Resurrección de El Techo de la Ballena / Oswaldo Barreto

Resurrection of El Techo de la Ballena

It’s not the result of a belated and vulgar pretension to elaborate surrealist texts, nor a desire to evade realities as pressing as the recent meeting of the presidents of Brazil and Venezuela that anxiously turned out to be so poor in actual political or diplomatic results, the imminent restitution of Manuel Zelaya to the presidency of Honduras, or the ferocity that terrorism has reached throughout all borders. No, none of that, but rather, as we will try to reveal, it’s a mere desire to understand one of the most complex aspects of our exceedingly complex sociocultural reality.

This whole matter began, let’s say it without further preambles, when one of my former students thought to send me via email the following official invitation: “The Ministry of Popular Power for Culture, through Monte Ávila Editores Latinoamericana, has the pleasure of inviting you to the presentation of the book El Techo de la Ballena: Antología 1961-1969 coinciding with the exhibit “El Techo de la Ballena: Half A Century Later.” Sunday, 1 November 2009, 11am. National Gallery of Art. With the participation of Carlos Noguera, Juan Calzadilla, Edmundo Aray, Daniel González, Josefina Urdaneta. Dedicated in memory of the deceased members of El Techo de la Ballena: Carlos Contramaestre, Caupolicán Ovalles, Adriano González León, Salvador Garmendia, Alberto Brandt, J.M Cruxent, Efraín Hurtado, Dámaso Ogaz, Hugo Batista, Gonzalo Castellanos, Mary Ferrero, Juan Antonio Vasco, David Alizo.”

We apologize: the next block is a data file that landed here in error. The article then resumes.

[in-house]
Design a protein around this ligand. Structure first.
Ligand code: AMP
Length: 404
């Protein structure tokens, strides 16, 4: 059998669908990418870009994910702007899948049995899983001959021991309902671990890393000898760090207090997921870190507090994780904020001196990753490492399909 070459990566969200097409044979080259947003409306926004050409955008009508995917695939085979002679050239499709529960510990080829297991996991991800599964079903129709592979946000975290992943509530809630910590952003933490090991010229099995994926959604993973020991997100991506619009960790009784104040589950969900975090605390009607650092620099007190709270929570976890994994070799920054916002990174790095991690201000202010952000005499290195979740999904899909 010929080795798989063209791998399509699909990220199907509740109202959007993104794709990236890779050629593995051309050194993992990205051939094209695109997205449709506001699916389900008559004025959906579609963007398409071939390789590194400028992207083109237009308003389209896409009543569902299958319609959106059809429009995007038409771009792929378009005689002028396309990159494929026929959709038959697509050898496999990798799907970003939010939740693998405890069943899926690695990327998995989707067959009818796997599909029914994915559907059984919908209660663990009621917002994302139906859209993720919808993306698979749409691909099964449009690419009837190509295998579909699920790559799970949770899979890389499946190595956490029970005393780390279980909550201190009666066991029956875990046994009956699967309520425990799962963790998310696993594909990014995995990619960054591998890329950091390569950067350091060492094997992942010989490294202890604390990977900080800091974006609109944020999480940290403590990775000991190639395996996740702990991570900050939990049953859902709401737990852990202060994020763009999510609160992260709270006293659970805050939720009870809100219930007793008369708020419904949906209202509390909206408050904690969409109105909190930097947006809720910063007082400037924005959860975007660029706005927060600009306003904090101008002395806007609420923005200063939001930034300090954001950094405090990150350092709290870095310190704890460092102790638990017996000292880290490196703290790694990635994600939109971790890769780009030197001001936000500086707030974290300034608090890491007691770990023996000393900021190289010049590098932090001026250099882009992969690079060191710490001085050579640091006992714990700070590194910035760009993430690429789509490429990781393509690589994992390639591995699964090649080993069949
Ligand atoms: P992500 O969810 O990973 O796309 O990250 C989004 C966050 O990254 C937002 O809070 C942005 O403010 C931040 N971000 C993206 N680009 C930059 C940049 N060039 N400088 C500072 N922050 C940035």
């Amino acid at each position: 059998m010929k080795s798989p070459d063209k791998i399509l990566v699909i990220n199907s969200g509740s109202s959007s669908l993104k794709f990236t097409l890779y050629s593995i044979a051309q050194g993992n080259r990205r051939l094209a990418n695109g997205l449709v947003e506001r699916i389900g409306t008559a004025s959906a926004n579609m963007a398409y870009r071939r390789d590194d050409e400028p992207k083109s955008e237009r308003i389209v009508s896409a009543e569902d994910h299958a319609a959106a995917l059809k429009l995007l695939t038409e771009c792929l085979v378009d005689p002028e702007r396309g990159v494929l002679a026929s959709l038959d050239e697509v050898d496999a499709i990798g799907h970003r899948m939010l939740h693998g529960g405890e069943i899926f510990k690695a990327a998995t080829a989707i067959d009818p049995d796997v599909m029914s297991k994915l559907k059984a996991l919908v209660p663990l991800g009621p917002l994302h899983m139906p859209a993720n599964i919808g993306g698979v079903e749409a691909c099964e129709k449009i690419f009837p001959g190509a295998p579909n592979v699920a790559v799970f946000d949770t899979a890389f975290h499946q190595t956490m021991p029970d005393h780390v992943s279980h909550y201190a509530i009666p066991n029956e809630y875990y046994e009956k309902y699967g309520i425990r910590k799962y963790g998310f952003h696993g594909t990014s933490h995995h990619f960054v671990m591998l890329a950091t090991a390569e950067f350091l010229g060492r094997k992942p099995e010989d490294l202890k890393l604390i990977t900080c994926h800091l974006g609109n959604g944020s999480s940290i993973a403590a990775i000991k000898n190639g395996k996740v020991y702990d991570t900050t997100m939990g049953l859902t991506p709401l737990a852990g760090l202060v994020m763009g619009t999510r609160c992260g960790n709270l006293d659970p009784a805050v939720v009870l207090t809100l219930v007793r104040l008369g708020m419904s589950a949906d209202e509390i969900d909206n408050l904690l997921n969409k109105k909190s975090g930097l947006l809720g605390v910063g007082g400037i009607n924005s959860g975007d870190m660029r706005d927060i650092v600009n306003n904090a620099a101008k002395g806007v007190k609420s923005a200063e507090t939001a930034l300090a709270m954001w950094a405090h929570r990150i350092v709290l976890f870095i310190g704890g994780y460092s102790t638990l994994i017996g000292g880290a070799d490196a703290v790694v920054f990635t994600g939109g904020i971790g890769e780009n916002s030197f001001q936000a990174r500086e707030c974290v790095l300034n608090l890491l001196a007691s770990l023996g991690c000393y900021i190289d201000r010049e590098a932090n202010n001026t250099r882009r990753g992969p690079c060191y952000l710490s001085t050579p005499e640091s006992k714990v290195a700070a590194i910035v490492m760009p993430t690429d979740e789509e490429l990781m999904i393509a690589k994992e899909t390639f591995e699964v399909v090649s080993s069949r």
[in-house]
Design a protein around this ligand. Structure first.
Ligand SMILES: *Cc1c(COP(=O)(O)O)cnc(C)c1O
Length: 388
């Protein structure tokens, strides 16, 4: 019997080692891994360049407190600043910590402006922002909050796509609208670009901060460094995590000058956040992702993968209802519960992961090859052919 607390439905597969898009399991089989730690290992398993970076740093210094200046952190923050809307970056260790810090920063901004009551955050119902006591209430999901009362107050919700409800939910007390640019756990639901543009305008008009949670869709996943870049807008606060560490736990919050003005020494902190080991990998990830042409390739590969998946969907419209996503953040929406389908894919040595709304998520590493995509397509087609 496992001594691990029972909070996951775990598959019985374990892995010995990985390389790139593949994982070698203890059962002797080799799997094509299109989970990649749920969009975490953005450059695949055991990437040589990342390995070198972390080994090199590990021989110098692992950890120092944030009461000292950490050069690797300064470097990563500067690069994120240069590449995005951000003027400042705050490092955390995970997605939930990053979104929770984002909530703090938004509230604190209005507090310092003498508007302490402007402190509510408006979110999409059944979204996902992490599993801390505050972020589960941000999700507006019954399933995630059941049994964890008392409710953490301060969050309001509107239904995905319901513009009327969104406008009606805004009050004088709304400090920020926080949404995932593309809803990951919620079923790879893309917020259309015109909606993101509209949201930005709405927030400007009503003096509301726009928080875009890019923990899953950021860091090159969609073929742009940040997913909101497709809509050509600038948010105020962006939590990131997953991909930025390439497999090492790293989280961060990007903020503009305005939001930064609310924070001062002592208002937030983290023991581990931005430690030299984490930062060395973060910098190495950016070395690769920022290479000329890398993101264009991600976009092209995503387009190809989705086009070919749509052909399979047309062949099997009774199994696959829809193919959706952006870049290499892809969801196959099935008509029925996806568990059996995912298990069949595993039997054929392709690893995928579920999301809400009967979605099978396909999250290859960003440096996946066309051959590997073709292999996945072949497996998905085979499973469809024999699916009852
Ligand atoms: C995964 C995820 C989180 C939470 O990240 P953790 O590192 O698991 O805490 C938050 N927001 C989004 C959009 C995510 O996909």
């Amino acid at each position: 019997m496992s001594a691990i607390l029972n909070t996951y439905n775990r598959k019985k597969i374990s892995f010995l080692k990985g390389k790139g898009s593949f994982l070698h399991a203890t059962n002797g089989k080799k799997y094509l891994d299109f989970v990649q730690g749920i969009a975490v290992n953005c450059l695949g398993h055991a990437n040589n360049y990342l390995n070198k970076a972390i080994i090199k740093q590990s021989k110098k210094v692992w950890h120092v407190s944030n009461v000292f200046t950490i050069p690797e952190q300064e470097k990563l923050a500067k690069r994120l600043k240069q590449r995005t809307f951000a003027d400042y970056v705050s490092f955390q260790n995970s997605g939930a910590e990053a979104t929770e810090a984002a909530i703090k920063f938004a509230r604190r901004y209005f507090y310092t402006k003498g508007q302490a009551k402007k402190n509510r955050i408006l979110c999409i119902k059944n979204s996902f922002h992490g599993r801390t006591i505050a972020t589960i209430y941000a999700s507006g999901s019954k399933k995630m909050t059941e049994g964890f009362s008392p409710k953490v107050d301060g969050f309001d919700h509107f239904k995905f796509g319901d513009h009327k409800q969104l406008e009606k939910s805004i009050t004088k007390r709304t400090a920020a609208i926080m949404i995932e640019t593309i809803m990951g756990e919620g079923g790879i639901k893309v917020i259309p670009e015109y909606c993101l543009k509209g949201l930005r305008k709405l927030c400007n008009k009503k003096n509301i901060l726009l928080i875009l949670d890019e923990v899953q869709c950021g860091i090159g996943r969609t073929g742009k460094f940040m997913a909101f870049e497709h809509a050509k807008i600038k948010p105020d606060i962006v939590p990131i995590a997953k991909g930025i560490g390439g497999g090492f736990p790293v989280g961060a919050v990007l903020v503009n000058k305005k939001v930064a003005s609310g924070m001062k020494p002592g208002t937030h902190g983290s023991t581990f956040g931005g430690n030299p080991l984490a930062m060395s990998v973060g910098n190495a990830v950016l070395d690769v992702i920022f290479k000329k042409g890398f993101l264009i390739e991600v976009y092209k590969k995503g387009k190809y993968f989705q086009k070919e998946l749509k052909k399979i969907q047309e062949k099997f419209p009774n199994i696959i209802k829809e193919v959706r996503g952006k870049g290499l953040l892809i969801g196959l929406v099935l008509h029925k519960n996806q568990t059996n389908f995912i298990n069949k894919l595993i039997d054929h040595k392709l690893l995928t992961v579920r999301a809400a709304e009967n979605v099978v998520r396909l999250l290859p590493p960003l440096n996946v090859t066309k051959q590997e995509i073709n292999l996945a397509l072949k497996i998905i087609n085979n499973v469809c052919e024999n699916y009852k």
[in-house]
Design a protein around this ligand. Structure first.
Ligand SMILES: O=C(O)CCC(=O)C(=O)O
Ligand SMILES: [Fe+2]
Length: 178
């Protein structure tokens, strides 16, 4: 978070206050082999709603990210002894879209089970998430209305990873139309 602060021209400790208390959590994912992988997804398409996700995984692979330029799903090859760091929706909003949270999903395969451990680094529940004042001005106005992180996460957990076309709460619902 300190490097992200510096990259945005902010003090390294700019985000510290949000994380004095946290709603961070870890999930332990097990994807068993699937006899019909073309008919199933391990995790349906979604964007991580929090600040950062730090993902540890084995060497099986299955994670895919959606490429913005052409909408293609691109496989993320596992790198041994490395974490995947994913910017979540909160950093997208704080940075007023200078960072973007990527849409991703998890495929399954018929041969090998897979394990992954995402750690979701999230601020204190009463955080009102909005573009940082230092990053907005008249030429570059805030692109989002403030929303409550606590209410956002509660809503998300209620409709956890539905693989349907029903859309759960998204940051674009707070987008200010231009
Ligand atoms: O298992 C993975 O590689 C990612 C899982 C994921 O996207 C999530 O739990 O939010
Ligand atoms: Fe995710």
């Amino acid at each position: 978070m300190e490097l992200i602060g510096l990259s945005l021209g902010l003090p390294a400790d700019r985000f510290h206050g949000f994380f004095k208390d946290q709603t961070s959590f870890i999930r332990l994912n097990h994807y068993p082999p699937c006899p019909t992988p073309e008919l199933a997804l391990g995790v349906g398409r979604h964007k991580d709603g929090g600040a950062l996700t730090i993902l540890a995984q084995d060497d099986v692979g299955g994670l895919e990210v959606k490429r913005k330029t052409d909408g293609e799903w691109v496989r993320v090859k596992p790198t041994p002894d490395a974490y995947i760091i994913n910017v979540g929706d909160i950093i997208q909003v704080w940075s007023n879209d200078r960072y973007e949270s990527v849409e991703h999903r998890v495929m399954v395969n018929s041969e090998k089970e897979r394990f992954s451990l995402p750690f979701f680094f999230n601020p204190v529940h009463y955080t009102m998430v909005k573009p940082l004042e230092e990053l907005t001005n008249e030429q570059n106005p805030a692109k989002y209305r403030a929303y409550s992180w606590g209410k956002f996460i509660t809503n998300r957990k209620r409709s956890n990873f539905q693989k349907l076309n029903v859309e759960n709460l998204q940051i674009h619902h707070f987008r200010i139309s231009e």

After realizing that my young friend, precisely because he’s young couldn’t perceive anything extraordinary in this text, no miracles or surrealist conjuring, and that he couldn’t imagine he was committing an abuse by sending me what for him was an anodyne invitation for any citizen, I had no awareness beyond thinking that I was facing the possibility that the miracle resurrection continues to be would very soon occur. Exactly one day before the date when all us mortals come into contact again with the dead, the aforementioned organisms of the State were, in effect, inviting us to the resurrection of one of the most important cultural (artistic and literary) groups to have existed in Venezuela, El Techo de la Ballena [The Roof of the Whale].

The sponsors of the event, who appear in the invitation as participants, are well-known intellectuals, four of whom work or have worked as functionaries or advisors for administrative organisms of the current regime and are among the most recognized intellectuals of Chavismo. Three of them, relatedly, Calzadilla, Aray and González, share another multiple condition: they are among the founders, the most active members and most prolific creators of El Techo de la Ballena.